Why Grandmothers Are Important
were the source of oral histories and narratives that helped their grandchildren
resist the oppression of the larger society. This early role has been linked to the role
of grandmothers since World War II.

While not every family has this dynamic (there is no right or wrong), science is
beginning to show that grandparents, and grandmothers in particular, have played a
crucial role in human evolution and most importantly, how we connect with each
other.

We often think of grandmothers as providing a gentle touch for our grandchildren, but
the role of grandmothers encompasses something much more concrete. Currently,
60 percent of grandmothers provide childcare for their grandchildren, according to
Waite. In her book, Grandmother Power, Gianturco writes that the future of Africa
may well depend on its grandmothers.
Nowadays a grandmother can provide everything from occasional babysitting to
residing with and sometimes raising grandchildren. Grandparents, now more than
ever before, are playing an increasing role for families because of the increase of
working mothers. Thirty percent of mothers with children under five years depend on
grandmothers to provide childcare.

What does all this means for our society and what should we be paying attention to
since older people are the only naturally occurring resource in our society that is
increasing. We are living in the “age of old age” with Baby Boomers retiring. Let us
choose to look at this as a resource to be tapped which could help our harried
society.

Today’s grandmothers are younger, healthier, and more educated. They have
professional expertise and because Boomer grandmas came of age in the sixties,
they know how to be activists and make the world better for grandchildren because
they were activists when they were students.

Anthropologists and evolutionary biologists have been questioning the reason for
women to go through menopause, a stage in life that we do not share with other
primates. After all, would not it be better for the species if women were able to
continue bearing children for the entirety of their lives? Note: I’m reasonably sure a
man initially jumped to this conclusion. Men can procreate for as long as they can
rise to the occasion.  

The ‘Grandmother Hypothesis’ argues that the role of grandmothers in society helps
shape who we are. Kristen Hawkes, an anthropologist at the University of Utah, who
looked into this hypothesis and indicates that grandmothers have helped us develop
an array of social capacities. This includes those that are “the foundation for the
evolution of other distinctly human traits, including pair bonding, bigger brains,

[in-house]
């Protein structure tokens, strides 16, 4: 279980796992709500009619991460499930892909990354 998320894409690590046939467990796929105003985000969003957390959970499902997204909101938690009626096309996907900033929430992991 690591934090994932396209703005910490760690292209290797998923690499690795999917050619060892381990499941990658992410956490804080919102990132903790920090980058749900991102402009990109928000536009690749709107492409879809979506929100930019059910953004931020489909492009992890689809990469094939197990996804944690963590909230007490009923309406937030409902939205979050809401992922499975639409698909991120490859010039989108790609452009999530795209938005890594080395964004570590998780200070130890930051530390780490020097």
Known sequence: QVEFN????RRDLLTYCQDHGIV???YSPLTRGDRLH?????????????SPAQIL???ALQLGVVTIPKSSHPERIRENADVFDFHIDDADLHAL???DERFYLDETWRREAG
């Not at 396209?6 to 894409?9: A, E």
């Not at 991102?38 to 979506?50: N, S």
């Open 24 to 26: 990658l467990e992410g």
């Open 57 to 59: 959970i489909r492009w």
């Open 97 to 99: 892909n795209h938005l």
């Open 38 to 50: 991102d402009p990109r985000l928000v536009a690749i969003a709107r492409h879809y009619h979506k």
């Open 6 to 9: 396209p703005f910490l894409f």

learning new skills and our tendency for cooperation.”

From a survival perspective, researchers suggest that if a mother has help with
multiple children, larger families become more viable. They found that grandmothers
can assist families by acting as supplementary caregivers, and also help with the
collection of food.

The study acknowledged that, of course, in the real world many mothers get help
from other sources, such as fathers and older siblings. But grandmothers are unique
in the sense that they have often, but not always, already been a mother. They are
qualified for the job without the distractions of youth and the sometimes dominant
hormonal drivers.

In conclusion, the following are my non-scientific reasons why I think grandmothers
are so important:

Grandmothers always seem to have the patience that mothers do not. Being a
mother now I can tell you that is the absolute truth! I do not know where they or I, get
it from, but grandmothers are able to stay calm even during the worst temper
tantrums that would have any mother running for the door.

Grandmothers let you get away with just about anything! Or is this just me?

Grandmothers have a way of making it all better. They always seem to have the right
words at the right time no matter the situation.

Grandmothers will play with you all the time. Wait. “Isn’t this what we are supposed
to do?” I say, as we prep for another science experiment in the kitchen.

Grandmothers always seem to have time for you. Do not get me wrong, moms
always have time for their kids too. But, grandmothers have that time that seems to
never end.

I am blessed to be called Nana, to my three grandchildren. Being a mom is great, but
being Nana is priceless.
“Becoming a grandmother is wonderful.  
One moment you’re just a mother.  The
next you are all-wise and prehistoric.” —
Pam Brown

In keeping with “Women’s History Month,”
I wanted my article to focus on women
and since the lock-down I have not been
able to spend as much time with my
grandchildren as I would like. Eureka! I
will be right about grandmothers.

We will begin by looking at the role of
grandmothers in the African‐American
community from Reconstruction through
the New Deal. It suggests that
grandmothers were central to the
economic survival of their families and
worked as long as they lived, in paid
labor and household labor, to help
provide for their families. Grandmothers